Tunis museum flourishes after fall of Ben Ali
Sitting in his vast office, crammed full of relics and curiosities, museum curator Taher Ghalia has good reason to welcome the downfall of Zine El Abidine Ben Ali.
itting in his vast office, crammed full of relics and curiosities, museum curator Taher Ghalia has good reason to welcome the downfall of Zine El Abidine Ben Ali.
Just as a fresh breeze now blows through the country’s politics and press, Tunisia’s cultural institutions too have the chance to flourish.
Instead of protecting the nation’s treasures from the hands of former ruler Ben Ali and his wife, Ghalia is heading up a major renovation project to bring them to the people.
“They weren’t interested in culture. There was a trade in antiquities, but fortunately the Bardo wasn’t touched,” said Ghalia who clashed with the couple earlier in his career.
“They wouldn’t have dared to come here to the Bardo and ask for exhibits to display in the presidential palace or in the private villas. I would have refused anyway, and resigned on the spot,” he said.
From the outside, the modern buildings of the Bardo are just large, white rectangular blocks.
Once inside, however, thousands of years of history unravel before you, from the ancient civilisation of the Phoenicians to the Romans.
Home to the world’s largest collection of Roman mosaics, there are also statues, busts of emperors, an important collection of fabrics hailing from the Fatimid dynasty and a hoard of 1,600 gold pieces dating back to 430 AD.
Currently in a bit of a jumble, they await display in the new exhibition rooms, still empty but smelling of freshly-laid plaster and cement.
Ghalia’s office is vaguely reminiscent of an Indiana Jones set: bundles of papers, books, plastic-wrapped treasures, not to mention a priceless third century Roman mosaic, “the Virgil”, propped casually against a wall.
The curator took up his post in 2003. At the time it was considered a punishment for the Roman and Byzantine-era specialist who dared to oppose “the family” — Ben Ali and his wife Leila.
“I was responsible for a particular archaeological area and I had to fight to save certain sites where they wanted to build villas by the sea in Nabeul.
“I resisted and as a result I was appointed to Bardo,” he said.
Yet he has never regretted it. Even less so after unprecedented protests by the Tunisian people saw the end of their leader’s 23-year rule.
The curator hopes the renovation project, which will see the museum’s display space and staff double, will help restore people’s thirst for culture.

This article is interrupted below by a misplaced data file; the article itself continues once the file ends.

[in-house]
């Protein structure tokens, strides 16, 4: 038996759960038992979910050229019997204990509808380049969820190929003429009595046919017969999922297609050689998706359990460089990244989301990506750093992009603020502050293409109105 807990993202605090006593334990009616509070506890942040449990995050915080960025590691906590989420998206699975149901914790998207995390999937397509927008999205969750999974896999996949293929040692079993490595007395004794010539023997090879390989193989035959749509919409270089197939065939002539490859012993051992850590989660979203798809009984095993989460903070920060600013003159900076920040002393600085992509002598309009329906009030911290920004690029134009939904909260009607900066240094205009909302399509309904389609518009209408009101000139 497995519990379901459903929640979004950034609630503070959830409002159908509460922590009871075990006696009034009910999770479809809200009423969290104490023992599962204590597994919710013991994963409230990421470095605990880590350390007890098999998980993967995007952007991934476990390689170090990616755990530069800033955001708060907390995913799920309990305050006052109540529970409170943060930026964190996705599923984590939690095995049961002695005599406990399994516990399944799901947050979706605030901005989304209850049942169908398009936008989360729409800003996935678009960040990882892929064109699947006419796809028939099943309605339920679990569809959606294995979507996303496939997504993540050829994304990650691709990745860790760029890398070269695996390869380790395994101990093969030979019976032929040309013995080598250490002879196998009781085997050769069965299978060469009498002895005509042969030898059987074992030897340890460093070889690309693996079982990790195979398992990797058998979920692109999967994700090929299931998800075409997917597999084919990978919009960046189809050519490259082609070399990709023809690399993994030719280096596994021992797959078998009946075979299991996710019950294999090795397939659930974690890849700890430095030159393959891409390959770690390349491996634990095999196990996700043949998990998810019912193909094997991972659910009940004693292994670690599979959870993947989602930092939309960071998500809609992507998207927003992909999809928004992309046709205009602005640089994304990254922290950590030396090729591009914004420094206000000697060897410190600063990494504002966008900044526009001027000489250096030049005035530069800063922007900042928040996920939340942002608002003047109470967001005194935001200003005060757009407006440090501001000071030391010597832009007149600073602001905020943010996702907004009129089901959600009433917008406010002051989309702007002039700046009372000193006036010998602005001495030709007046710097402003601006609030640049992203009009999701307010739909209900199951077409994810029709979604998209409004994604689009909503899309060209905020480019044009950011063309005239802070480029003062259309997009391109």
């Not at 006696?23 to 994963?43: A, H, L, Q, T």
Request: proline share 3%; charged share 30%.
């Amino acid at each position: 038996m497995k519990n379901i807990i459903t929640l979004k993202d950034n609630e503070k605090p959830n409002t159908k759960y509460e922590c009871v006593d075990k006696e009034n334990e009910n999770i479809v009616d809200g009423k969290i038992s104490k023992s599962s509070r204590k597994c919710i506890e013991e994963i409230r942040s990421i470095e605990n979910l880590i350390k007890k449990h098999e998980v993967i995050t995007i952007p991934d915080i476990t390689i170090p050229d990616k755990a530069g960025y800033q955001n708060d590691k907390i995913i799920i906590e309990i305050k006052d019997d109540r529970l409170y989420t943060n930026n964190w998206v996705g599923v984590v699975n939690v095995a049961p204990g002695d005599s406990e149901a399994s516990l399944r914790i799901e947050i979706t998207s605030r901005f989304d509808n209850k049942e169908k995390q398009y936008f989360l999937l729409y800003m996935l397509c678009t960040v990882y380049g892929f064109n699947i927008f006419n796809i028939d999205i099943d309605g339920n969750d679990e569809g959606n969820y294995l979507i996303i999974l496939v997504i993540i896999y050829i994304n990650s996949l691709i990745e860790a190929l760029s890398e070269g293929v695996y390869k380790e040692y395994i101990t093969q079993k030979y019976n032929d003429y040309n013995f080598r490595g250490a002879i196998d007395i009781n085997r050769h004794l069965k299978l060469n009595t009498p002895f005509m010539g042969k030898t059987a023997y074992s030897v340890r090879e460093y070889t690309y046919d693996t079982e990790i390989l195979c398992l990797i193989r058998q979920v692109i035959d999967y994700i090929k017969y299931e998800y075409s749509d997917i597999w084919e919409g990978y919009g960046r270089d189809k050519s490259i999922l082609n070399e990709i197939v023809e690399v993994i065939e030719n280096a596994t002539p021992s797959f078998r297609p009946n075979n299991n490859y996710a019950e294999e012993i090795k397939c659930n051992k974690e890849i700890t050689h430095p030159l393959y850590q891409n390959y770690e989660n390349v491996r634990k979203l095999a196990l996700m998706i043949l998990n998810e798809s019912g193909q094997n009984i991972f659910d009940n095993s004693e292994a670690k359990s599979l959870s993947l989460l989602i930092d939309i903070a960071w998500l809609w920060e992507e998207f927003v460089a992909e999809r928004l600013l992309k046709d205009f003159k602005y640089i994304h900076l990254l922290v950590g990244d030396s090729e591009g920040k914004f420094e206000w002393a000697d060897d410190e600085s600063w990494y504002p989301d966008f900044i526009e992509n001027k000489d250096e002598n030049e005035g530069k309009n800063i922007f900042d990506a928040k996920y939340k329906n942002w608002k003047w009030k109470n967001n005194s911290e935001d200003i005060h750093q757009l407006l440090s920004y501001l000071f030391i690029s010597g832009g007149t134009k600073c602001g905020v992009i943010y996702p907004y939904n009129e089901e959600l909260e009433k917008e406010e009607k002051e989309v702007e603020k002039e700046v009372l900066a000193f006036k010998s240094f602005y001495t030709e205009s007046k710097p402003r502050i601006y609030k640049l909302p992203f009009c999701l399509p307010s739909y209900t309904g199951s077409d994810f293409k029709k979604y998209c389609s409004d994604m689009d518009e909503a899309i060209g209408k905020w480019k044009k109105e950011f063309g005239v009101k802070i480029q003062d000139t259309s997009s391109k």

“After January 14 (the fall of Ben Ali) it is absolutely vital that culture finds its place. “We also need to create a museum of the revolution, with testimonies, films, objects,” he added.
The restoration is being funded with the help of a World Bank loan of 25 million dinars (EUR 12.5 million) which will go towards research and construction, among other things.
“Displays, lighting, exhibit descriptions in Arabic, French and English, we are getting the best in the world,” said Ghalia.
The Bardo, along with the Cairo Museum, are the two biggest south of the Mediterranean, according to the curator.
“The museum was already very impressive before, if a bit mixed up,” said Ghalia, who for eight years has had the mammoth task of putting things in a coherent order and retracing the history of Tunisia, of the Arab-Islamic era neglected under Ben Ali’s reign.
“It wasn’t even about politics,” says Ghalia. “It was simply that these people weren’t very educated and didn’t bother about our heritage.
“We had the collections, now we have the scientific knowledge about all the civilisations which have played a part in Tunisia.
The renovation project is scheduled for completion in November, when Ghalia hopes to see the number of Tunisian visitors climb from the current five to 10 percent of total visitors to closer to 30 or 40 percent.
“If we achieved that, it would be fantastic,” he said.
When the new Bardo officially opens its doors, museum goers will find themselves face-to-face with the world’s largest Roman mosaic (120 square metres, 1,292 square feet) and, of course, the famous Virgil.
“It alone symbolises Tunisia’s place in Roman civilisation,” explains Ghalia proudly.
Jacques Lhuillery / AFP / Expatica